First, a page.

Grand Theft Pluto

February 26, 2007
Grand Theft Pluto
An artist's concept of the Jupiter flyby. Credit: JHUAPL/SwRI

When New Horizons, NASA's Pluto-bound spacecraft, swings by Jupiter on Feb. 28th, it will pick up a few souvenirs along the way – photos, data, and an extra 9000 miles per hour courtesy of the largest planet in our solar system.

New Horizons is already the fastest spacecraft ever to leave Earth, but it needs even more speed to catch Pluto, which is receding from the sun. Winter is coming to Pluto, and researchers want New Horizons to arrive before Pluto's thin atmosphere freezes and falls to the ground. (It's so much easier to study an atmosphere when it's up in the air.)

So New Horizons is going to steal a little energy from Jupiter.

"It's called a gravity assist maneuver," says Dr. Robert Farquhar, formerly the New Horizons mission director at the Johns Hopkins University Applied Physics Laboratory. "New Horizons will dip into the gravity well of Jupiter and 'slingshot out' with more velocity than it had when it went in." [diagram]

For New Horizons to speed up, of course, Jupiter must slow down. "That's conservation of energy," he says. But no one will notice. The change in Jupiter's orbit around the Sun due to the flyby is fantastically small. New Horizons will absorb about 1/1025 of Jupiter's orbital energy. That's like "taking a single drop out of the ocean," says Farquhar.

(1025 is 1 followed by 25 zeros. Coincidentally, there are about 1025 drops in the combined oceans of Earth, so Farquhar's analogy is correct.)

This insignificant loss for Jupiter amounts to a big boost for New Horizons. The piano-sized spacecraft will gain enough energy to exceed 52,000 mph – fast enough to reach New York from Tokyo in less than eight minutes. New Horizons will reach the Pluto system in July 2015 – five years earlier than without the Jupiter boost.

Long before space travel was possible, Farquhar said, astronomers saw the potential of using gravity to fuel space travel. "We've known about this since at least the nineteenth century," he said.

Jupiter is not the only helping hand in the solar system. Earth's gravity has donated its share of energy to ten different space vehicles, beginning in 1990. The first was Giotto, a European Space Agency mission to study Halley's Comet. Giotto launched in 1985, passed Halley's Comet in 1986, and in 1990 returned to Earth's orbit, where it picked up a gravity-assist boost and a redirection toward another comet, Grigg-Skjellerup, in 1992.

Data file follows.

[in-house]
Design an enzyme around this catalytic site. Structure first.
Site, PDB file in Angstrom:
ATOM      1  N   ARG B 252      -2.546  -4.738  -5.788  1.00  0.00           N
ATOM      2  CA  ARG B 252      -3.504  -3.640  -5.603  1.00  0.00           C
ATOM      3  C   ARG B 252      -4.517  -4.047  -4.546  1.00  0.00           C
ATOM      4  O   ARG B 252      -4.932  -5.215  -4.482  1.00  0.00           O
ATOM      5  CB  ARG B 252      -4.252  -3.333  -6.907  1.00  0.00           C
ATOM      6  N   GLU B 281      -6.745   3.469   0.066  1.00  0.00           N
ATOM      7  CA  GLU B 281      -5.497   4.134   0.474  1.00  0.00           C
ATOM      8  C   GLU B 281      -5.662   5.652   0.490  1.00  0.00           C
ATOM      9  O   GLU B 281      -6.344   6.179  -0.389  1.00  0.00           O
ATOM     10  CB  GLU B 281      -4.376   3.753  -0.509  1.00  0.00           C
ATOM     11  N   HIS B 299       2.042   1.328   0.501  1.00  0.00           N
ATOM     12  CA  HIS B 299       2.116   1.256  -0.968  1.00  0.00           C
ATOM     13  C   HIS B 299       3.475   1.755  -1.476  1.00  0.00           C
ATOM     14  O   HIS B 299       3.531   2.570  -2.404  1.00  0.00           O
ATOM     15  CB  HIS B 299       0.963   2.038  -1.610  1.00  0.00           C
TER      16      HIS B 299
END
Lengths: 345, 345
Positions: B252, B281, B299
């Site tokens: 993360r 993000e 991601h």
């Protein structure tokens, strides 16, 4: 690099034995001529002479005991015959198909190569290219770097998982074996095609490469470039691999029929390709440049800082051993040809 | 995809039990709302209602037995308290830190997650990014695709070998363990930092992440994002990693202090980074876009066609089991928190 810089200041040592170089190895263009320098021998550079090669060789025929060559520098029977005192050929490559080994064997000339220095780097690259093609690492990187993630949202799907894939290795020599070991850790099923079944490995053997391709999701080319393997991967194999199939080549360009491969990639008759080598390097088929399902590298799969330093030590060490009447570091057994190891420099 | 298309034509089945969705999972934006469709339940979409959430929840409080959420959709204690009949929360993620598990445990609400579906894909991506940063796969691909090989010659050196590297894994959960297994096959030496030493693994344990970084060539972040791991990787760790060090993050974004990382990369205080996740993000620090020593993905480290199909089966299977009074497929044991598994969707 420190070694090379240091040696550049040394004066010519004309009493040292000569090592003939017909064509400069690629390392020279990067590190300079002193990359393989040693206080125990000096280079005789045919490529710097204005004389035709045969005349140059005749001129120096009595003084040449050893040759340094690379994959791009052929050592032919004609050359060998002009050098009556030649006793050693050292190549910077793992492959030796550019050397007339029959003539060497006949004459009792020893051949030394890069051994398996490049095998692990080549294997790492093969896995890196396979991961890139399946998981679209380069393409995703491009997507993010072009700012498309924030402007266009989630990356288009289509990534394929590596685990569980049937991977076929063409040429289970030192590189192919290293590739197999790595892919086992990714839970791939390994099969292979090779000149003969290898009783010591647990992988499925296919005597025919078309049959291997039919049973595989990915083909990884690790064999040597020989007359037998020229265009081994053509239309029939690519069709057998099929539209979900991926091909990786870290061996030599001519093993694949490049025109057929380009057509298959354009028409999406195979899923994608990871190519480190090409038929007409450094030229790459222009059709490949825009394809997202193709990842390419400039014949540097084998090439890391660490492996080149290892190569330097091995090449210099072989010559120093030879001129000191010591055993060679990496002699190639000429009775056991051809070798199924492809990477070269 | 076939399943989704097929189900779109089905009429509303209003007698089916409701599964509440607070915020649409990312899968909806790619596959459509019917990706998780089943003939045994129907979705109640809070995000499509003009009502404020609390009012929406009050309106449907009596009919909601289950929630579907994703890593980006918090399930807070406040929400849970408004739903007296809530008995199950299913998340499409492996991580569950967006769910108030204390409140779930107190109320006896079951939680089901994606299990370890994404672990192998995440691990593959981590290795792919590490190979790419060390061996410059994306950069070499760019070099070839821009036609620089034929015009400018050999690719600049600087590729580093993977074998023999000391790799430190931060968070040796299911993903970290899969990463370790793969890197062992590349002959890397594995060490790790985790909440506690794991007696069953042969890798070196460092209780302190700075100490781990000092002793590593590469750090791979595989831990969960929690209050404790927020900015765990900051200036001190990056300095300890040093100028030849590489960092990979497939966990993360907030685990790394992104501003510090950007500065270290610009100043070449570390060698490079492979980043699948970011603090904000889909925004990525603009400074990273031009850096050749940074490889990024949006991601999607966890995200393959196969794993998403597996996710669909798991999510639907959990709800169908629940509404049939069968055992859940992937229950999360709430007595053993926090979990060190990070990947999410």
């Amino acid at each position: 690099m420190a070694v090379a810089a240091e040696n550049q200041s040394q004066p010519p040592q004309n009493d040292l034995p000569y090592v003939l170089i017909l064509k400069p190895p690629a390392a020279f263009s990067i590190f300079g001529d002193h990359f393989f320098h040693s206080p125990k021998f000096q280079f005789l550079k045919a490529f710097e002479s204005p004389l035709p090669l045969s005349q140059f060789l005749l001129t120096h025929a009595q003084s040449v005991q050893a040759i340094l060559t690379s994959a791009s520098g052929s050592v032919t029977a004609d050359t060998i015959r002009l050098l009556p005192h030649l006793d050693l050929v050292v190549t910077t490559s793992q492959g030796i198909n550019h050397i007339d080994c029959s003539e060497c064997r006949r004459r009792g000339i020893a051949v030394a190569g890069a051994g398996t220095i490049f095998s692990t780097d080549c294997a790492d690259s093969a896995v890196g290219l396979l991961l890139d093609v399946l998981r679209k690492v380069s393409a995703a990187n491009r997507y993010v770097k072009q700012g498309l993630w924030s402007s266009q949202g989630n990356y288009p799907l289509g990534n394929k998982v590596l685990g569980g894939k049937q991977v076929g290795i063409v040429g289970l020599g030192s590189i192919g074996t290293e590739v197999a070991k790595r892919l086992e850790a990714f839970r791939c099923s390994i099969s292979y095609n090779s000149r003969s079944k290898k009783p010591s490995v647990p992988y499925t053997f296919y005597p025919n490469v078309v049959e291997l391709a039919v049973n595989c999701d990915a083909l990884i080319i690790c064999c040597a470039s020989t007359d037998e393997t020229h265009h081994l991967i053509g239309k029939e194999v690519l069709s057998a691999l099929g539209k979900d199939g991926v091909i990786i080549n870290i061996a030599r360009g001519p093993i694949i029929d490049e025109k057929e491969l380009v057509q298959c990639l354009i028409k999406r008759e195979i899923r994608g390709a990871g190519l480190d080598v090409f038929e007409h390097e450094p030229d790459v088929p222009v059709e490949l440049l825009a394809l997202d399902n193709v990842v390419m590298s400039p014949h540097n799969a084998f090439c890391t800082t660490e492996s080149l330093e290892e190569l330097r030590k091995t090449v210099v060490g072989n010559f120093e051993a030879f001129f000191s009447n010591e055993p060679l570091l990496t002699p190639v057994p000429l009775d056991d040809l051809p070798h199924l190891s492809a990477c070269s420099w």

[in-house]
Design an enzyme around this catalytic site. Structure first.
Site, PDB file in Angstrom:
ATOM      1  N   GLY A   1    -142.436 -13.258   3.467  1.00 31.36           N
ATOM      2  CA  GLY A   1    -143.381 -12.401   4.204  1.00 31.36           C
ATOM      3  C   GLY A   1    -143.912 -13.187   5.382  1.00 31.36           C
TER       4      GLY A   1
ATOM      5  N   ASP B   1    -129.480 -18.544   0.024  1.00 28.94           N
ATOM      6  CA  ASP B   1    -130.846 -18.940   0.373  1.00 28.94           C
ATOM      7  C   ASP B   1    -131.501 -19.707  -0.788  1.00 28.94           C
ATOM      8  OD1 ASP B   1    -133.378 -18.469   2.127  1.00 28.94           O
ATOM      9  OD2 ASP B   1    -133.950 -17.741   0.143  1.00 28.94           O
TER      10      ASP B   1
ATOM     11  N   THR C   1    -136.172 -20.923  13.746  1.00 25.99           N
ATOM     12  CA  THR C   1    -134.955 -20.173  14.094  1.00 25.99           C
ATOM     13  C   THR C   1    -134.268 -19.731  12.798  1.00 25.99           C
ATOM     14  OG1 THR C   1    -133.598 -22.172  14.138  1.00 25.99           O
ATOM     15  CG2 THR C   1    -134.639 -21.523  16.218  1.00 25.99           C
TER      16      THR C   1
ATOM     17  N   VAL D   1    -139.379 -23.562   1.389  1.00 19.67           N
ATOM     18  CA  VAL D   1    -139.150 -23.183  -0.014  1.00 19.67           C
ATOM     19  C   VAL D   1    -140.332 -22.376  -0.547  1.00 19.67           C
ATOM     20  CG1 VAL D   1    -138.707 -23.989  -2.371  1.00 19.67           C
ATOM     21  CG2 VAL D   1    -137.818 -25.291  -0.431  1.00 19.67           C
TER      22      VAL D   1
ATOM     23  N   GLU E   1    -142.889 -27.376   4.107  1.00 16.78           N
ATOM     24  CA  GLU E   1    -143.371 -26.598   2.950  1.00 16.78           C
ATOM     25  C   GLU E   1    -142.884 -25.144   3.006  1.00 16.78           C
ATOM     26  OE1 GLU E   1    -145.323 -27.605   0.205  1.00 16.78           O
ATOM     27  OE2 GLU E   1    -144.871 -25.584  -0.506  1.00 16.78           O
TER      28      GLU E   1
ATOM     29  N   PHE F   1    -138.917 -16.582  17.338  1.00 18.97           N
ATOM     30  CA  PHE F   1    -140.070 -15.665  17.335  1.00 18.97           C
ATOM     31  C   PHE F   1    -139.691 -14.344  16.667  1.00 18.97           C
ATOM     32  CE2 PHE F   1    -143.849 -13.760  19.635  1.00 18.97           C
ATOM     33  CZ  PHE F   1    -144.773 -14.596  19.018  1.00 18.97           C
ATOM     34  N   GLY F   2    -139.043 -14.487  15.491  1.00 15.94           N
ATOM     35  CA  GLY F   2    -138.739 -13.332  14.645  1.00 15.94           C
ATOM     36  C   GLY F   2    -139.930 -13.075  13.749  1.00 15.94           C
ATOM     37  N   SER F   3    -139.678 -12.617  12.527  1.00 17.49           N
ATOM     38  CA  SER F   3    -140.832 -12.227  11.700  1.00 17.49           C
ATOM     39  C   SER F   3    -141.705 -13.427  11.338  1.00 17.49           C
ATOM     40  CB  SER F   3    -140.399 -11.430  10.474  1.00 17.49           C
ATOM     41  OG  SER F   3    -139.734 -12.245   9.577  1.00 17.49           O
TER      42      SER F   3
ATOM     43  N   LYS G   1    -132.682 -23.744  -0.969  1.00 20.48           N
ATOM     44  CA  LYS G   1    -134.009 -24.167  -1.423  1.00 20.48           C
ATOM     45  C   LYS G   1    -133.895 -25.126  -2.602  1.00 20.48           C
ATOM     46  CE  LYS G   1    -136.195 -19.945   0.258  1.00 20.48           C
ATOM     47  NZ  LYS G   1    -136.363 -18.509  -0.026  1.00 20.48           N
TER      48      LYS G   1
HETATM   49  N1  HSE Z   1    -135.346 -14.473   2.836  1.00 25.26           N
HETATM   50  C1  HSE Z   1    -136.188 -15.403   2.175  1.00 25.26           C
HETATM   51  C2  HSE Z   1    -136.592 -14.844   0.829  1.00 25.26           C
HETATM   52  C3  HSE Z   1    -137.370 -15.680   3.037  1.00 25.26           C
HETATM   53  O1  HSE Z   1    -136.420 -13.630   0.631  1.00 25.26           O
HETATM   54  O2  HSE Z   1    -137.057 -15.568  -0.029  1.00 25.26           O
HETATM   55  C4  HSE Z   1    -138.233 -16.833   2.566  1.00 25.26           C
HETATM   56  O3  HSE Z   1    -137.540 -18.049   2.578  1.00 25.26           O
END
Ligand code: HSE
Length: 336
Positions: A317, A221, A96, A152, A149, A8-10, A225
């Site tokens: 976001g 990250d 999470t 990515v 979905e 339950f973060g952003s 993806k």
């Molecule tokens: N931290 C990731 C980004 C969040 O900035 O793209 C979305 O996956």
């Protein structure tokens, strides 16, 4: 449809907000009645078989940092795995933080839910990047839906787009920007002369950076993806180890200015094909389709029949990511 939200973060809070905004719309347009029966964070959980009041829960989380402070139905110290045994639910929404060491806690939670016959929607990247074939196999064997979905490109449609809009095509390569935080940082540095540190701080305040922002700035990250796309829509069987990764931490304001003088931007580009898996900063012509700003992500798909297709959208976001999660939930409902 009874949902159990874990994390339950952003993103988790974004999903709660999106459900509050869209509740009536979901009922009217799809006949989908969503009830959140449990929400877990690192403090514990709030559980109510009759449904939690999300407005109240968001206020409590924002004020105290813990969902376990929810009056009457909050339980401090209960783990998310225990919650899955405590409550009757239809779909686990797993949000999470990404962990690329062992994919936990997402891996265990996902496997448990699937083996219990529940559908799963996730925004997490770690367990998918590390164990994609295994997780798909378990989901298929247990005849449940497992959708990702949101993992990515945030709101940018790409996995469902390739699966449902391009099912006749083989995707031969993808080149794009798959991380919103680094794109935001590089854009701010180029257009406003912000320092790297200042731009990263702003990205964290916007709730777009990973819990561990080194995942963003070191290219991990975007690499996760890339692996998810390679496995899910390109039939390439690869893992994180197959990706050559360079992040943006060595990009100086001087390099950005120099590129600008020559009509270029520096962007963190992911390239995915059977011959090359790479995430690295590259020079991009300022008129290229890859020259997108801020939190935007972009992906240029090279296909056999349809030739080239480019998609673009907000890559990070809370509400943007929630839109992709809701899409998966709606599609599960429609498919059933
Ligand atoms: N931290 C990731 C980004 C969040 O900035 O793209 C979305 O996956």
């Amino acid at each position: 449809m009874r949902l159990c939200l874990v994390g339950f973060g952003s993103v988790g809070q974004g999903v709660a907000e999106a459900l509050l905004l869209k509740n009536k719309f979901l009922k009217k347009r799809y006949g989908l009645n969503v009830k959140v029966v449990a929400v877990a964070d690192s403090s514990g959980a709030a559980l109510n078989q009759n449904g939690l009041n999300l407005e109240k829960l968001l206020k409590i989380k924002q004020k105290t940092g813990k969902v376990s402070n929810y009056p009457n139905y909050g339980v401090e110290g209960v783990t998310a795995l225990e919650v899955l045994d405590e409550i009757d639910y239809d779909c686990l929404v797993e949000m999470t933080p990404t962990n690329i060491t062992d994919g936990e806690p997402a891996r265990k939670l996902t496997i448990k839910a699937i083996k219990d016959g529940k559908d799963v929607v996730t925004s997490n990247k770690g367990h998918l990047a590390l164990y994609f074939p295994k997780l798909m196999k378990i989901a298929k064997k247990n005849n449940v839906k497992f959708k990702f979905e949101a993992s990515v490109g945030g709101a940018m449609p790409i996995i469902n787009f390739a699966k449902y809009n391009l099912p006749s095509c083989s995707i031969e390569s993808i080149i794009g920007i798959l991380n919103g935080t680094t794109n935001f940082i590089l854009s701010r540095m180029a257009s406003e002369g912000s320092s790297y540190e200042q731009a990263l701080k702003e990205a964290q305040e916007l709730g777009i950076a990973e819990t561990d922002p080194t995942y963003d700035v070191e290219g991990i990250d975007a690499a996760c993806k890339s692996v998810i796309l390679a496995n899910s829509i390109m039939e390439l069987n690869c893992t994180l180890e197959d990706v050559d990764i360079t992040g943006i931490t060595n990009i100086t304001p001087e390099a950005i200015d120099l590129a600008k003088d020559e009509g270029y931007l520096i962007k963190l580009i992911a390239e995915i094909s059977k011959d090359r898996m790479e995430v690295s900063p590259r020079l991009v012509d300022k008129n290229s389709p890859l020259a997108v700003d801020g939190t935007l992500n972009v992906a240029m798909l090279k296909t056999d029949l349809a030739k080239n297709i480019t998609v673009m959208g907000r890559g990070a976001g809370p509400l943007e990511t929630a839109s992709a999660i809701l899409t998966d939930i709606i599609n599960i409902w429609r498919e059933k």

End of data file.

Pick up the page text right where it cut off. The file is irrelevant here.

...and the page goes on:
The most-recent spacecraft to fly by Earth was MESSENGER, NASA's Mercury-bound spacecraft. Short for "MErcury Surface, Space ENvironment, GEochemistry, and Ranging," MESSENGER launched on Aug. 3, 2004 and swung past Earth almost one year later in 2005. Along the way, it picked up an added boost, a redirection, and hundreds of stunning images of Earth.

Like MESSENGER, New Horizons will make the most of its flyby time. Through June, it will make more than 700 observations. This includes scans of Jupiter's turbulent, stormy atmosphere; a detailed survey of its ring system; and a detailed study of Jupiter's largest moons. The spacecraft also will take the first-ever trip down the long "tail" of Jupiter's magnetosphere, a wide stream of charged particles that extends tens of millions of miles beyond the planet, and the first close-up look at Red Spot Jr., a nascent storm south of Jupiter's famous Great Red Spot.

Later, after an eight-year cruise from Jupiter, New Horizons will conduct a five-month-long study of Pluto and its moons. Stay tuned!

Source: by Sherrie Super and Dr. Tony Phillips, Science@NASA

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